Study Questions for Reflection and Discussion

First Day: Read Hebrews 1. Focus in on Hebrews 1:1-4.

1. List the characteristics or activities of Christ according to these focus verses. What overall picture of Christ emerges immediately?

2. What is the spiritual condition of human beings that is implied by these verses? In other words, why was it necessary for Christ to be revealed the way these verses say that he was revealed?

Second Day: Read Hebrews 1. Focus your attention on Hebrews 1:5-9.

1. How do you discover that most of the words in the focus verses are quotations from the Old Testament?

2. Verse 5 quotes from Psalm 2:7 and 2 Samuel 7:14. Find those verses and read the surrounding verses. What other insights into Christ do you receive from those Old Testament passages?

Third Day: Read Hebrews 1. Focus on Hebrews 1:5-12.

1. Verses 8 and 9 quote from Psalm 45. Read Psalm 45 and discover the verses there that are quoted. What does the author of Hebrews find in Psalm 45 that causes him to apply it to Christ?

2. What common elements do you discover between Psalm 45 and Isaiah 61:1-11?

3. As you compare Hebrews 1:8-9, Psalm 45, and Isaiah 61 what character of life is the Spirit calling for from you? What changes will you need to make in your life for that character of life to take shape in you?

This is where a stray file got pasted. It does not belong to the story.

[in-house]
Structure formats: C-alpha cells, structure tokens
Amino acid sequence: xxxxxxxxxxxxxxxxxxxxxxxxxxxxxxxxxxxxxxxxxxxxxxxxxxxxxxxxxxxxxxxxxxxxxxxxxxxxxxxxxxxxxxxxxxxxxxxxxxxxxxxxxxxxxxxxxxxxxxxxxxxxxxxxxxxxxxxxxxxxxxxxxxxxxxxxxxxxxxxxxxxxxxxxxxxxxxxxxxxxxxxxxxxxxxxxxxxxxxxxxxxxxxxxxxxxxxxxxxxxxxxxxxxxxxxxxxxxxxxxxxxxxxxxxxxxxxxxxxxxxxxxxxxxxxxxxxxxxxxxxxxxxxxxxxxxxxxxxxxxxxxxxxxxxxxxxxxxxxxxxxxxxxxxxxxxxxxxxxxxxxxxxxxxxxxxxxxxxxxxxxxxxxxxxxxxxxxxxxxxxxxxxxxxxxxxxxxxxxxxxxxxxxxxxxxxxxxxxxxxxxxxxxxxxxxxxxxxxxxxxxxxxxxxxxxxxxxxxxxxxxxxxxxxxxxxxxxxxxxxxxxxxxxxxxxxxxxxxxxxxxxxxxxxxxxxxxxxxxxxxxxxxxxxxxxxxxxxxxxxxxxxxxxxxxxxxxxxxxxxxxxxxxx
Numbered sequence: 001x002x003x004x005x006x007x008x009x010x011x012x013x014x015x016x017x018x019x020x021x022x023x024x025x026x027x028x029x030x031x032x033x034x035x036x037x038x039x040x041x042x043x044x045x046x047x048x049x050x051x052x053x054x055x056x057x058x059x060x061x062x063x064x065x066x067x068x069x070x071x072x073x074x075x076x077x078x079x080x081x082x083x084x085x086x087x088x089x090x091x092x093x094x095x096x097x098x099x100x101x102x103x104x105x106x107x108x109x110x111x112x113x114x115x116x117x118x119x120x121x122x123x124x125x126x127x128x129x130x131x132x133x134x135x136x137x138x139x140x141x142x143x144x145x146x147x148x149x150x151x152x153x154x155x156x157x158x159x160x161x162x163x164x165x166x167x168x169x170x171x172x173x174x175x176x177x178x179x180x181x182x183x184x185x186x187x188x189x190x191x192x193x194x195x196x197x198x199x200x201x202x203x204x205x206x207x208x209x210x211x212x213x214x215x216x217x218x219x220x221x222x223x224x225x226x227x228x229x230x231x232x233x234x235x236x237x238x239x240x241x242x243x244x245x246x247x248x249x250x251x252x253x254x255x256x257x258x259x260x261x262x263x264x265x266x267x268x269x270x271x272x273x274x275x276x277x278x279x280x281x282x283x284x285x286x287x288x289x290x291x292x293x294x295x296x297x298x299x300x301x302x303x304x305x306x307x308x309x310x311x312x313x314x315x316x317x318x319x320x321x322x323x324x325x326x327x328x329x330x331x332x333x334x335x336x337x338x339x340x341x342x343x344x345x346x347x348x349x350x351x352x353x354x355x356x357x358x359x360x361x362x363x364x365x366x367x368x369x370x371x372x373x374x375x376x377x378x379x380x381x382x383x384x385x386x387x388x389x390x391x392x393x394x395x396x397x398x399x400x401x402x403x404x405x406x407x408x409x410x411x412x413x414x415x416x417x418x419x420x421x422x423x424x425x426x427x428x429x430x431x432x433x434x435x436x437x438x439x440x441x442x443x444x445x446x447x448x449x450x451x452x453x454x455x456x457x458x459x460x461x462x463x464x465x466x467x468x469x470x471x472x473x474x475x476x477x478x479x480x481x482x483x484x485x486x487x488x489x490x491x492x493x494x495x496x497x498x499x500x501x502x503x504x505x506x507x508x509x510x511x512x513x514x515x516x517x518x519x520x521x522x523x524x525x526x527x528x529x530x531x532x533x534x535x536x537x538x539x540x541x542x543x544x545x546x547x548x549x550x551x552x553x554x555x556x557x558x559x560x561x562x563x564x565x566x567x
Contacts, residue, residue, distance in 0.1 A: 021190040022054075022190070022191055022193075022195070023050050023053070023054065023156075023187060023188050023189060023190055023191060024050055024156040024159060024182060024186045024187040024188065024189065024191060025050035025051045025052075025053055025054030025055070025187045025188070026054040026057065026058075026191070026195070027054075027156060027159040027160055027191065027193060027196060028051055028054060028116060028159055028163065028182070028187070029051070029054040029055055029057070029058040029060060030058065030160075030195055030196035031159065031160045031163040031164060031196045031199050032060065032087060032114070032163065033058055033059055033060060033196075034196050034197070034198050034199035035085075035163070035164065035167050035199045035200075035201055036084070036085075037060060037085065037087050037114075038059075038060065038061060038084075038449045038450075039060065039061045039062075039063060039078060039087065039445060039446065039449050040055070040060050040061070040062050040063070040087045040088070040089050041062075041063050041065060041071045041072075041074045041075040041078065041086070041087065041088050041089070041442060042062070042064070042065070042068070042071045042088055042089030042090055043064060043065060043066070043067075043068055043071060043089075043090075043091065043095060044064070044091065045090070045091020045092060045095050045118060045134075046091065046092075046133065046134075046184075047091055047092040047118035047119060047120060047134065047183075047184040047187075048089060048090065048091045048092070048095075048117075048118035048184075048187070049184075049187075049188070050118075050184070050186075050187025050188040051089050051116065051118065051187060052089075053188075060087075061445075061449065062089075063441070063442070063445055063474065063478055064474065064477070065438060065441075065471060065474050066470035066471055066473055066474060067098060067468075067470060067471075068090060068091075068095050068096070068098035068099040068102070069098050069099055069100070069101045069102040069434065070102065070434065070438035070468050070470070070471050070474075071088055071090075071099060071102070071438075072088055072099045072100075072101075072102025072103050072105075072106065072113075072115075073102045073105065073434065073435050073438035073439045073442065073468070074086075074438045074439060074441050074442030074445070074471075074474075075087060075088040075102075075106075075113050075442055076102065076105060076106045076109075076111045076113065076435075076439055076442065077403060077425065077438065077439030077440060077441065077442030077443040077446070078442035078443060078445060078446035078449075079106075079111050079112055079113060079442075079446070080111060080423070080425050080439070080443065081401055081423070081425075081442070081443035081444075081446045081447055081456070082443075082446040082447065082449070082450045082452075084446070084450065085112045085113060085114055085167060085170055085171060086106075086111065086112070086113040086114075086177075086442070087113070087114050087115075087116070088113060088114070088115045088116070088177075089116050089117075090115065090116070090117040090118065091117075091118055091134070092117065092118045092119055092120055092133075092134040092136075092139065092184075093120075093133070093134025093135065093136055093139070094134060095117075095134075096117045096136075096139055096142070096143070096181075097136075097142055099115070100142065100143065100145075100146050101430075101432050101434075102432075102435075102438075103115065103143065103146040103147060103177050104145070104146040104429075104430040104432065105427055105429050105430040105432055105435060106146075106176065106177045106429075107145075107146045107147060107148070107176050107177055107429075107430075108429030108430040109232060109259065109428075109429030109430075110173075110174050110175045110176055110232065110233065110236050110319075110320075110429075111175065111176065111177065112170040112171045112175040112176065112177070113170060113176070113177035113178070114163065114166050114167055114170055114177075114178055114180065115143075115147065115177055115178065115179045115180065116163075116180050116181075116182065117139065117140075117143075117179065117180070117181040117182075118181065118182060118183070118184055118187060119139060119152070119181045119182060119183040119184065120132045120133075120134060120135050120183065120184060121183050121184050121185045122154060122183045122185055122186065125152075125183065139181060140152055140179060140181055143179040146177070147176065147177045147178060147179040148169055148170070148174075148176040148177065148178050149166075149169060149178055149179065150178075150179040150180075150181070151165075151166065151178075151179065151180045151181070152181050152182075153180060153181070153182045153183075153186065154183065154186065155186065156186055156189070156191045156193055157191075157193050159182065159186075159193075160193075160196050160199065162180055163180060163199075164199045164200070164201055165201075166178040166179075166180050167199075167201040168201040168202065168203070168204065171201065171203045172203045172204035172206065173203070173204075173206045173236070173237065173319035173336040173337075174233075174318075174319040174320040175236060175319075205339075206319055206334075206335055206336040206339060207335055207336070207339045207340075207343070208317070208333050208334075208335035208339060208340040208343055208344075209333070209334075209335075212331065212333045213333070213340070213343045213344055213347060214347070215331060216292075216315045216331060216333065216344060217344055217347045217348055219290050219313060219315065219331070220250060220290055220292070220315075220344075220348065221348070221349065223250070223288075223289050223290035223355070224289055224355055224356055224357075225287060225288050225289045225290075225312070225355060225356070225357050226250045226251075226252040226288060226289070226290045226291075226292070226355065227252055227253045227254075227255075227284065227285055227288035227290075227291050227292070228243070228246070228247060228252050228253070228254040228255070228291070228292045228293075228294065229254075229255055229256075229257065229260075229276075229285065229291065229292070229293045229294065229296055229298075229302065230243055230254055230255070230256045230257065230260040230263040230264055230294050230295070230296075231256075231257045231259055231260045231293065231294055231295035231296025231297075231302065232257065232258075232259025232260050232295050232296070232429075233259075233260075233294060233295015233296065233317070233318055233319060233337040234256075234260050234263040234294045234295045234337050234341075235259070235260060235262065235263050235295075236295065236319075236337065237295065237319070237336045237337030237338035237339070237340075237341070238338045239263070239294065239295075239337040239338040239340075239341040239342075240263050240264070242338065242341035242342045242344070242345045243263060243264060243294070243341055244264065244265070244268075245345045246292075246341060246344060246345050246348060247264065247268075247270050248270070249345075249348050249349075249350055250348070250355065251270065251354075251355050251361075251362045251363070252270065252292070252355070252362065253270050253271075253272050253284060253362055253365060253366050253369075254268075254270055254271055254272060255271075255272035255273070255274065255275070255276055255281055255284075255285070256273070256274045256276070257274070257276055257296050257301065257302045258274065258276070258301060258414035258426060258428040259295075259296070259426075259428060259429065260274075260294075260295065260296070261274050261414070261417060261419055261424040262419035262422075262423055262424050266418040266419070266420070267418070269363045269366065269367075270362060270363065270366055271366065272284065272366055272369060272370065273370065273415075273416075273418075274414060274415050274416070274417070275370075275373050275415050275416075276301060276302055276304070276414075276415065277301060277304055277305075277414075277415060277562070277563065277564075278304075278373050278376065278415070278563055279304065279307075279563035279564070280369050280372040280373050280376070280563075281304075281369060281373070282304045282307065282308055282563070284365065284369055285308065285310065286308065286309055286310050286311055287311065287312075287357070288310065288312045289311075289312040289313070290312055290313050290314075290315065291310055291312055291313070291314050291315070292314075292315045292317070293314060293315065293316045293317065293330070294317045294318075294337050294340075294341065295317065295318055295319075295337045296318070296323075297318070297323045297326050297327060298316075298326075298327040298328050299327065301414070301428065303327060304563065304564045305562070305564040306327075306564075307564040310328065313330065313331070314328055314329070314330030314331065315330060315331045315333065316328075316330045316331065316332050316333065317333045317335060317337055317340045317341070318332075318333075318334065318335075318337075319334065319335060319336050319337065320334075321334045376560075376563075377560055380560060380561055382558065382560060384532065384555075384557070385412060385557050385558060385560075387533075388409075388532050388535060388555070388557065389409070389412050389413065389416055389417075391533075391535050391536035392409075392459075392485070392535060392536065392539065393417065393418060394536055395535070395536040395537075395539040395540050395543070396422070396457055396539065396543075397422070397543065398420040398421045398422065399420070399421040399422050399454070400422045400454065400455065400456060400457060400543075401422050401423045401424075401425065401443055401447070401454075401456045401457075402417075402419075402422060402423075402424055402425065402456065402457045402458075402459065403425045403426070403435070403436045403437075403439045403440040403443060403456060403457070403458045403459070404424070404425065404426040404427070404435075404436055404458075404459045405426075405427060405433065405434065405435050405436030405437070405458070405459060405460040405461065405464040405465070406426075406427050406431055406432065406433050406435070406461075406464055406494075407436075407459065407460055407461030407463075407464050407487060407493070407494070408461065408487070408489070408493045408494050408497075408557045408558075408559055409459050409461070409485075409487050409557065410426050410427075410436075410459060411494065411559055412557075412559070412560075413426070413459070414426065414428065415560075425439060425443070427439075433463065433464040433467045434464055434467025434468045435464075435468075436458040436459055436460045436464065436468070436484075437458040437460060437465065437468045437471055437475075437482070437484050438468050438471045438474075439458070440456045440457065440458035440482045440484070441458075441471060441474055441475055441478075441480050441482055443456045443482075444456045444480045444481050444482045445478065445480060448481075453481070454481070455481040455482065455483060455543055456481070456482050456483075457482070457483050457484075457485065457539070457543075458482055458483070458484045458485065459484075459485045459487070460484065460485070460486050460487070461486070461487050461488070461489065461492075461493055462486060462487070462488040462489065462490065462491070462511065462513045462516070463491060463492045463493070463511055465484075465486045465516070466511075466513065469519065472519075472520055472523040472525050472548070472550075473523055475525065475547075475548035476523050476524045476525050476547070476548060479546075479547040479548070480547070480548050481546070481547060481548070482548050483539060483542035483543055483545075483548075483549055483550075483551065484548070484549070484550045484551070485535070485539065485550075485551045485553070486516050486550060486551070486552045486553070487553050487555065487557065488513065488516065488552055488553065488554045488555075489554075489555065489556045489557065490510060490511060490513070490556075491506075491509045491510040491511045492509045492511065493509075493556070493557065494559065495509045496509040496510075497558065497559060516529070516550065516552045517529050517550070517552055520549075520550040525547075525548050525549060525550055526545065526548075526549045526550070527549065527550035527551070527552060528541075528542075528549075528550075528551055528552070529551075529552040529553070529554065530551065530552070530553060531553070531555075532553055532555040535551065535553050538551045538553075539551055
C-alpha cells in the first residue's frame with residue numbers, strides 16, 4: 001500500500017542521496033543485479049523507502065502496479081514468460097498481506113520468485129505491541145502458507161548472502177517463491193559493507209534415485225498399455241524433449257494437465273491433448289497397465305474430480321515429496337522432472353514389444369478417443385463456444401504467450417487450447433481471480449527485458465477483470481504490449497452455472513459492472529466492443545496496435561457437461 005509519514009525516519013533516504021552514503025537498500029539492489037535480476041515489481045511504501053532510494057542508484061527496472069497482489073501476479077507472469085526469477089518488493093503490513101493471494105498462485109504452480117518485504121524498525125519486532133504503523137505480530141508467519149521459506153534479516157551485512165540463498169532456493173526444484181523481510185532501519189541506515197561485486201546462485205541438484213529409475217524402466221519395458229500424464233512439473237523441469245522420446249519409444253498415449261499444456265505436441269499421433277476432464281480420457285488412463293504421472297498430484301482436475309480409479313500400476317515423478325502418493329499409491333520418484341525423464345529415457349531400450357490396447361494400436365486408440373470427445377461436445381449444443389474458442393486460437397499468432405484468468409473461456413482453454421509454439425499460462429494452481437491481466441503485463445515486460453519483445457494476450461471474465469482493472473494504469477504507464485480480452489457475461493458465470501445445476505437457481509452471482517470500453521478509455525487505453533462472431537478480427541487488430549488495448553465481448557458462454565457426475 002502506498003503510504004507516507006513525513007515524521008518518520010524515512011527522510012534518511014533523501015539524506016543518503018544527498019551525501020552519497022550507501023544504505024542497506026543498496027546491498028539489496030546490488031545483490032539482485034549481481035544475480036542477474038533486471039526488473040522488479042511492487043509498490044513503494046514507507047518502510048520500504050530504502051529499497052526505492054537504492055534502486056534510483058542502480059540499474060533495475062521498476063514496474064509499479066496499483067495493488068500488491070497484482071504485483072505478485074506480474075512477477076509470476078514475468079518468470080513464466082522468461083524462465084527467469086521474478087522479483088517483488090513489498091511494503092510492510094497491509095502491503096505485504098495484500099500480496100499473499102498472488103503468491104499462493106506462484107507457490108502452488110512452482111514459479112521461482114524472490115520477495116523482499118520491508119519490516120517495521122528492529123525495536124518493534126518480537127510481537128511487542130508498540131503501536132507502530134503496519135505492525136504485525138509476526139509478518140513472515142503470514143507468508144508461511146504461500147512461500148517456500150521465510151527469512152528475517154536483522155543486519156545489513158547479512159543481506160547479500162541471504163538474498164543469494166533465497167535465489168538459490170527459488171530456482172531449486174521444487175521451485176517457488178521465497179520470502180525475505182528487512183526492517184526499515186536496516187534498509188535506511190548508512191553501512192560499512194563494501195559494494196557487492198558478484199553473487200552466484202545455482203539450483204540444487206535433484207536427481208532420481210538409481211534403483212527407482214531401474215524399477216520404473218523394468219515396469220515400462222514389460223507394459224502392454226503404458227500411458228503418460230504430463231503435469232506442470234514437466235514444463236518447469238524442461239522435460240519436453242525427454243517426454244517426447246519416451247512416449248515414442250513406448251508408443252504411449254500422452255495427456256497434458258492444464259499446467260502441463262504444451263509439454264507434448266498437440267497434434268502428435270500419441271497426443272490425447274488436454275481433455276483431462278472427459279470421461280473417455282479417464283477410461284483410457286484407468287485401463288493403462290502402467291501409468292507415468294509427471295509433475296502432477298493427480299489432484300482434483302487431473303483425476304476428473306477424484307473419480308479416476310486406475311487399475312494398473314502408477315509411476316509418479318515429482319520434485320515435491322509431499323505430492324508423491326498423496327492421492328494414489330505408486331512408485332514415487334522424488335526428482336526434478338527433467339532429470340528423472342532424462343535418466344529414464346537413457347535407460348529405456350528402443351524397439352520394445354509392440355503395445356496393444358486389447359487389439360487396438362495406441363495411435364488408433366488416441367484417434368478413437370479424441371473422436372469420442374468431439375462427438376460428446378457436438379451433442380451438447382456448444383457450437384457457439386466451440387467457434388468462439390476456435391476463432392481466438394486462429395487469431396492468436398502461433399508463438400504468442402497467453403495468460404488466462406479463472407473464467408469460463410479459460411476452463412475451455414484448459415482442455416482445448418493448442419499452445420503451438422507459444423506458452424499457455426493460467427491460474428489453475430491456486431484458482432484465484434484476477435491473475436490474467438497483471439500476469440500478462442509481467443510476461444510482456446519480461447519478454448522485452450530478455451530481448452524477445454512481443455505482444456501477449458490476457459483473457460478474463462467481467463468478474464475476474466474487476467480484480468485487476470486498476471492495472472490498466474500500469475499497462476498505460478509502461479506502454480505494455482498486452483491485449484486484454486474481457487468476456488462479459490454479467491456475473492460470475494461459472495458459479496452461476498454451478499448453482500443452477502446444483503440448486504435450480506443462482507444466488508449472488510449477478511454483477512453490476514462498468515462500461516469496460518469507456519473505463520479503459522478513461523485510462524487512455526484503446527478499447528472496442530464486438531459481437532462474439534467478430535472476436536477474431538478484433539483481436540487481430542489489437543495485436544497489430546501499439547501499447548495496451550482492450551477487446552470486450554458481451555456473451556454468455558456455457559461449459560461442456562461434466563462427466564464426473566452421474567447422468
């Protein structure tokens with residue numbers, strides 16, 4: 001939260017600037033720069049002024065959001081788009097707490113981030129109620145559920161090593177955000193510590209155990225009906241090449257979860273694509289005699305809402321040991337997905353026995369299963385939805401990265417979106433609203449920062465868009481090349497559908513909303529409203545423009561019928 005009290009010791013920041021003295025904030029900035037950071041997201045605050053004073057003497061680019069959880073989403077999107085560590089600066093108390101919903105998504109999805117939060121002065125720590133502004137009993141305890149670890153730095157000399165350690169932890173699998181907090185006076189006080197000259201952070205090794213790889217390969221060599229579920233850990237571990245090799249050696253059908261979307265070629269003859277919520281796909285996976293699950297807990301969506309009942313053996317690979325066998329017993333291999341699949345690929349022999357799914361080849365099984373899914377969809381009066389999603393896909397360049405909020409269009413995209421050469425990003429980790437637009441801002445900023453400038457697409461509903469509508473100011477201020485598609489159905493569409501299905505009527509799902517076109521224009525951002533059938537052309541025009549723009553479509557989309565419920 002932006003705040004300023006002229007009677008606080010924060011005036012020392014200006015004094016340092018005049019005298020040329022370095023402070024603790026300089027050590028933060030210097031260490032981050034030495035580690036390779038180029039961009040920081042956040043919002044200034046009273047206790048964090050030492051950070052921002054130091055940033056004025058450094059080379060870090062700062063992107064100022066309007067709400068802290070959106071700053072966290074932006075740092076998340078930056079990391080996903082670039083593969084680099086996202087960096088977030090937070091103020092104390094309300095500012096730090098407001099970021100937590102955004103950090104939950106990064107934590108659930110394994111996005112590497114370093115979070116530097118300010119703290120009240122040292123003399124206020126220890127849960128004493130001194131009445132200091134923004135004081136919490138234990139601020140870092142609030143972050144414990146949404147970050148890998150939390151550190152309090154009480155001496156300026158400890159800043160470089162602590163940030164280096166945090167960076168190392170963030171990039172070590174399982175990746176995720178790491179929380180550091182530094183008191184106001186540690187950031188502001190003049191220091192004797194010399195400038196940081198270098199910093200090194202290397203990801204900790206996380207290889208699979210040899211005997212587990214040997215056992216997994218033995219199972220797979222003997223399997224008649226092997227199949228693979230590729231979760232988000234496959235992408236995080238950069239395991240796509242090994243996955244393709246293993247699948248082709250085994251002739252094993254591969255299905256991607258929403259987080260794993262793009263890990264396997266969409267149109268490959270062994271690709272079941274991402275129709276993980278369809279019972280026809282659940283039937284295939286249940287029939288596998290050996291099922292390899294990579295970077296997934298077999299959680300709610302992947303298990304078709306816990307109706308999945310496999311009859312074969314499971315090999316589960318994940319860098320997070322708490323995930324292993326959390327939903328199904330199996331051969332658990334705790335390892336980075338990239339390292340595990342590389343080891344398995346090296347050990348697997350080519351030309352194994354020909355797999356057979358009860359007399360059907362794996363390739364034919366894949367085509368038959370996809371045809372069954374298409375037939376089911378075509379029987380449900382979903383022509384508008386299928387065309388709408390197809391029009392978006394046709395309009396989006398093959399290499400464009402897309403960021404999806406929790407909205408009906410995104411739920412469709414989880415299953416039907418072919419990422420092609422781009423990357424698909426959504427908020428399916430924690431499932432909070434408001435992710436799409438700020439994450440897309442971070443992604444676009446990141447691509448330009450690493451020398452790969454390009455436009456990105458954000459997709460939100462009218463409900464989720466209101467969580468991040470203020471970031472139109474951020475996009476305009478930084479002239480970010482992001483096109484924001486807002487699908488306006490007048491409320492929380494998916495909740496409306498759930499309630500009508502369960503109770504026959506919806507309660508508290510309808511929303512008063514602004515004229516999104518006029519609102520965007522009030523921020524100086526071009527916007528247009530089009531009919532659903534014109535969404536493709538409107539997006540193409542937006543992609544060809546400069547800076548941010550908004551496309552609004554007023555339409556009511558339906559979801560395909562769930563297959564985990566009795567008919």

Fourth Day: Read Hebrews 1:1-2:4.Especially focus on Hebrews 1:10-14.

1. Hebrews 1:10-12 quote from Psalm 102:25-28. Read Psalm 102. What other elements in the psalm seem to apply to the life of Christ?

2. The idea that Christ was the agent of creation is also found in John 1:1-5 and Colossians 1:15-20. Read those passages and think about why it was important for the New Testament to describe Jesus as being involved in the Creation of the world. Jot down some of your ideas.

3. If the role of angels is to serve, what role do you suppose we are called to fulfill?

Fifth Day: Read Hebrews 1:1-2:4. Now focus in on Hebrews 2:1-4.

1. What warning does the author give in Hebrews 2:1-4?

2. What argument does the author use to show how serious the danger was? Is the danger equally dangerous for us today? Why?

3. What activities and disciplines could help you to not drift away from what you have heard?

I’ll see everyone on Tuesday!

–Cheers!

More Thoughts on Destiny